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Quad/Ham Question (LisaMarie)

post #1 of 6
Thread Starter 
Lisa - you said:

"First of all, the reason for many skier injuries and poor technique is a hamstring/quad mucular imbalance. Since the quads are usually much stronger than the hamstrings, you seriously don't want to do an exercise like the leg extension mahine that uses them in isolation.

Leg exercises can either be open chain or closed chain. Open chain exercises like the leg extension allow the foot to move freely. They can cause shearing forces on the knee. Unfortunately, shearing, forces push the tibia forward and the femur back. The result is a whole lot of stress on the knee. Shearing forces are the same forces that cuase an ACL injury, so every set you do on the leg extension machine makes that injury more likely to happen."

Are there specific leg exercises you recommend instead of Leg Extensions then?? Such as: lunges, squats, etc....

Due to another sport I participate in, I need large quads and Hams so I need to build up both, yet want to be able to ski without injury and have good performance.

I *was* using the leg extension machine to try & build up my quads, but don't want to do so at the expense of my ACL....
post #2 of 6
I'd also be very interested to read the answer to this one, as I hear this problem is particularly prevalent in women. . . I do lots of squats and lunges (regular and curtsy) and wall sits and plyos and stay far, far away from the leg extension machine with my bad knees. What else could I be doing?

post #3 of 6
If you looked at my list - which included some stuff written by a trainer at our AIS - it included things like squats on unstable surfaces & lunges on & off unstable surfaces recovering in different directions etc etc etc....

add some weights to these... etc etc etc.... leg extensions were the exercise the sports doctor from the AIS hated the most... he may learn to love them now he is becoming an osteo-surgeon (oh those knee repairs)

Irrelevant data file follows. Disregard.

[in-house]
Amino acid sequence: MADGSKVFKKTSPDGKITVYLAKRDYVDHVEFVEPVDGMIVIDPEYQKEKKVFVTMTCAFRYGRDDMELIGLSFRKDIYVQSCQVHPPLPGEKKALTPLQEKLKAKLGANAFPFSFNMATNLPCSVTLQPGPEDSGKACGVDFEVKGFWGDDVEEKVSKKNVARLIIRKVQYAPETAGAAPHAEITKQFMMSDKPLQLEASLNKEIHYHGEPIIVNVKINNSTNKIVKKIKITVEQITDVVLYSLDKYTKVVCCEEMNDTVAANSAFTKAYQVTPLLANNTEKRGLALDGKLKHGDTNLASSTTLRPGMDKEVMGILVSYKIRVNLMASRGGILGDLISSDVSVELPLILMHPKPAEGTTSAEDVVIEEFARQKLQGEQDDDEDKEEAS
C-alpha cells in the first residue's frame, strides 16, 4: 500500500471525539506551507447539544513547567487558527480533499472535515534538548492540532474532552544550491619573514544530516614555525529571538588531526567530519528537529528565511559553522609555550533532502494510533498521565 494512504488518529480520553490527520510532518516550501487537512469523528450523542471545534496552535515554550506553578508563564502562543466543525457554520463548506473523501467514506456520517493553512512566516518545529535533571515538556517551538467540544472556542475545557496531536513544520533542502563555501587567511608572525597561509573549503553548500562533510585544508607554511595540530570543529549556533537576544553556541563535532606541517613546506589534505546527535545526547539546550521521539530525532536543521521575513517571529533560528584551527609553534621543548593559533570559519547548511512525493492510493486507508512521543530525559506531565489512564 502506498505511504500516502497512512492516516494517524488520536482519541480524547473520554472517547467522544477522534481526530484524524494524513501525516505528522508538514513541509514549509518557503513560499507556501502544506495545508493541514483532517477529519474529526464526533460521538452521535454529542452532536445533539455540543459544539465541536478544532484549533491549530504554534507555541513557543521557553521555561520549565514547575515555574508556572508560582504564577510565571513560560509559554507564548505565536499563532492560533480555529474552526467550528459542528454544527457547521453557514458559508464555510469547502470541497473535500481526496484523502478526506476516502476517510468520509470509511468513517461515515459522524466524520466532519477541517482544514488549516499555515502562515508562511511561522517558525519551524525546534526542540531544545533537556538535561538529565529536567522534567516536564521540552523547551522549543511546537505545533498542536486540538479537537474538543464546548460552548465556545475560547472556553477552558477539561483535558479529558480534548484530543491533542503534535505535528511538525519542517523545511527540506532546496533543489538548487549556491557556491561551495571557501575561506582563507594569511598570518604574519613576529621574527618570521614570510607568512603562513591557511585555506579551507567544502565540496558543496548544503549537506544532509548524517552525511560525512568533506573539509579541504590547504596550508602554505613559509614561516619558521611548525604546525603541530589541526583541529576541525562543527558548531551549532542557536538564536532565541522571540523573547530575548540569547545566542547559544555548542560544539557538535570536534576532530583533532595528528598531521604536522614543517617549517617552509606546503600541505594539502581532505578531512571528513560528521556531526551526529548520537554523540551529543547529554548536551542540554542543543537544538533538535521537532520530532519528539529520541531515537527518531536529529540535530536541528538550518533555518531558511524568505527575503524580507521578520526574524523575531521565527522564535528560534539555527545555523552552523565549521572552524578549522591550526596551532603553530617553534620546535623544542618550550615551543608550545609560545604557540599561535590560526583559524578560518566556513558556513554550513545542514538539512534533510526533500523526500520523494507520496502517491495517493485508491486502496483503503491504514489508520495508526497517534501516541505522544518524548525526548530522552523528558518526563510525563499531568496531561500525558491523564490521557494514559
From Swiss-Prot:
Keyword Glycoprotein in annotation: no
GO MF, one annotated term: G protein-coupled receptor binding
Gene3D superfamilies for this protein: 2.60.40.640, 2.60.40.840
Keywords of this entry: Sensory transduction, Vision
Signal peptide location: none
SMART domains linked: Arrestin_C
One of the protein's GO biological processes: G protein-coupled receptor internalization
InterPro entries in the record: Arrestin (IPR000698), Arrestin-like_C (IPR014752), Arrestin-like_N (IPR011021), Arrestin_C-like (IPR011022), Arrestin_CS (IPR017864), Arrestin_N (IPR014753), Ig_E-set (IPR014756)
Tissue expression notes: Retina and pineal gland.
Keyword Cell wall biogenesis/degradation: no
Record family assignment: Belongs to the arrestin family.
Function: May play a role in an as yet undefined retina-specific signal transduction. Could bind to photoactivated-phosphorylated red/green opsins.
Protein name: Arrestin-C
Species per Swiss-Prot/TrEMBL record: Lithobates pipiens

Note - what exercises does H maier do now for his legs - since his accident? Does he need legs as strong as you do?
post #4 of 6
Disski has some good stuff. Recently, I "created" a new closed chain exercise, but it on works in a gym. Do you know the pull-up machine that has you knealing on a pad? You pull yourself up with your upper body.

For legs, but one foot on the step that goes up to the pad, and the other on the pad itself. Hold on to the upper bars. This will keep your spine in good alignment. When you put your foot on the pad, the knee will be bent. Now, simply push down to straighten the leg. Come up with control. Then repeat on the other leg.

Thanks for asking a great question!
post #5 of 6
Open chain - does this include hamstring curls where you are seated or lying down and bring your feet towards your butt? I stay away from leg extensions too but do use the hamstring machines. Are these harmful to the ACL as well? Other recommended hamstring exercises?
post #6 of 6
Good question. Ironically, no. In hamcurls, the patellar is not placed in the compromising position that would create a shearing force. That being said, you may want to add some closed chain hamstring exercises. The best is the stability ball hamstring curl. If you do a search, you'll find that exercise on dozens of threads in this forum.
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